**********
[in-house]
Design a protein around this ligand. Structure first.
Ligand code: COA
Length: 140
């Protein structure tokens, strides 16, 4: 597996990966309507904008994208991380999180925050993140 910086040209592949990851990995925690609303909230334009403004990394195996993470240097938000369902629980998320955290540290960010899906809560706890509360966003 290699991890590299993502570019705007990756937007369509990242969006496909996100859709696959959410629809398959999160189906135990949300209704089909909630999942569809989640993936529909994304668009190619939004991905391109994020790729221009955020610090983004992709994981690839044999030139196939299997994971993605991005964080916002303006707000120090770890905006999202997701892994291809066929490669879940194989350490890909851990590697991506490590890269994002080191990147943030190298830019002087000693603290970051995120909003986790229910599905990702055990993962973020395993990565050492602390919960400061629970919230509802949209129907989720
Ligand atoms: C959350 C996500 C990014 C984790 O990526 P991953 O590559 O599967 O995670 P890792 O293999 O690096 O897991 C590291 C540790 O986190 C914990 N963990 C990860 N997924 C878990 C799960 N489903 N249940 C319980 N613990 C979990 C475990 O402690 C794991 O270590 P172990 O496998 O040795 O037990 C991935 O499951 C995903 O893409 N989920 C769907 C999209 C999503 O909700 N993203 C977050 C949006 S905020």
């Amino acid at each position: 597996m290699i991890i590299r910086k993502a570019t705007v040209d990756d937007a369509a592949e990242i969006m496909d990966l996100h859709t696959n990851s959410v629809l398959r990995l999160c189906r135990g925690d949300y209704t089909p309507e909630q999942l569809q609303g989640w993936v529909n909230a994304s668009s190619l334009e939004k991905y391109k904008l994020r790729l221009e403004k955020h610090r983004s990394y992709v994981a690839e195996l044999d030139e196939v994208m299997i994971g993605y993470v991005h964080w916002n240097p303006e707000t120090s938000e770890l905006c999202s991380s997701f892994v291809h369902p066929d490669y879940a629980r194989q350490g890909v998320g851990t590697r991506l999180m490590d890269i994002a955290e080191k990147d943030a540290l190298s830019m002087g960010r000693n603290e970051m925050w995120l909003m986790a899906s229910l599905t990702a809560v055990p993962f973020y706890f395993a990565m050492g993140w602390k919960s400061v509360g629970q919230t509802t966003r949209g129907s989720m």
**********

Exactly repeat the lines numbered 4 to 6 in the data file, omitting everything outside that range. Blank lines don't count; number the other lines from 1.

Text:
Length: 140
């Protein structure tokens, strides 16, 4: 597996990966309507904008994208991380999180925050993140 910086040209592949990851990995925690609303909230334009403004990394195996993470240097938000369902629980998320955290540290960010899906809560706890509360966003 290699991890590299993502570019705007990756937007369509990242969006496909996100859709696959959410629809398959999160189906135990949300209704089909909630999942569809989640993936529909994304668009190619939004991905391109994020790729221009955020610090983004992709994981690839044999030139196939299997994971993605991005964080916002303006707000120090770890905006999202997701892994291809066929490669879940194989350490890909851990590697991506490590890269994002080191990147943030190298830019002087000693603290970051995120909003986790229910599905990702055990993962973020395993990565050492602390919960400061629970919230509802949209129907989720
Ligand atoms: C959350 C996500 C990014 C984790 O990526 P991953 O590559 O599967 O995670 P890792 O293999 O690096 O897991 C590291 C540790 O986190 C914990 N963990 C990860 N997924 C878990 C799960 N489903 N249940 C319980 N613990 C979990 C475990 O402690 C794991 O270590 P172990 O496998 O040795 O037990 C991935 O499951 C995903 O893409 N989920 C769907 C999209 C999503 O909700 N993203 C977050 C949006 S905020």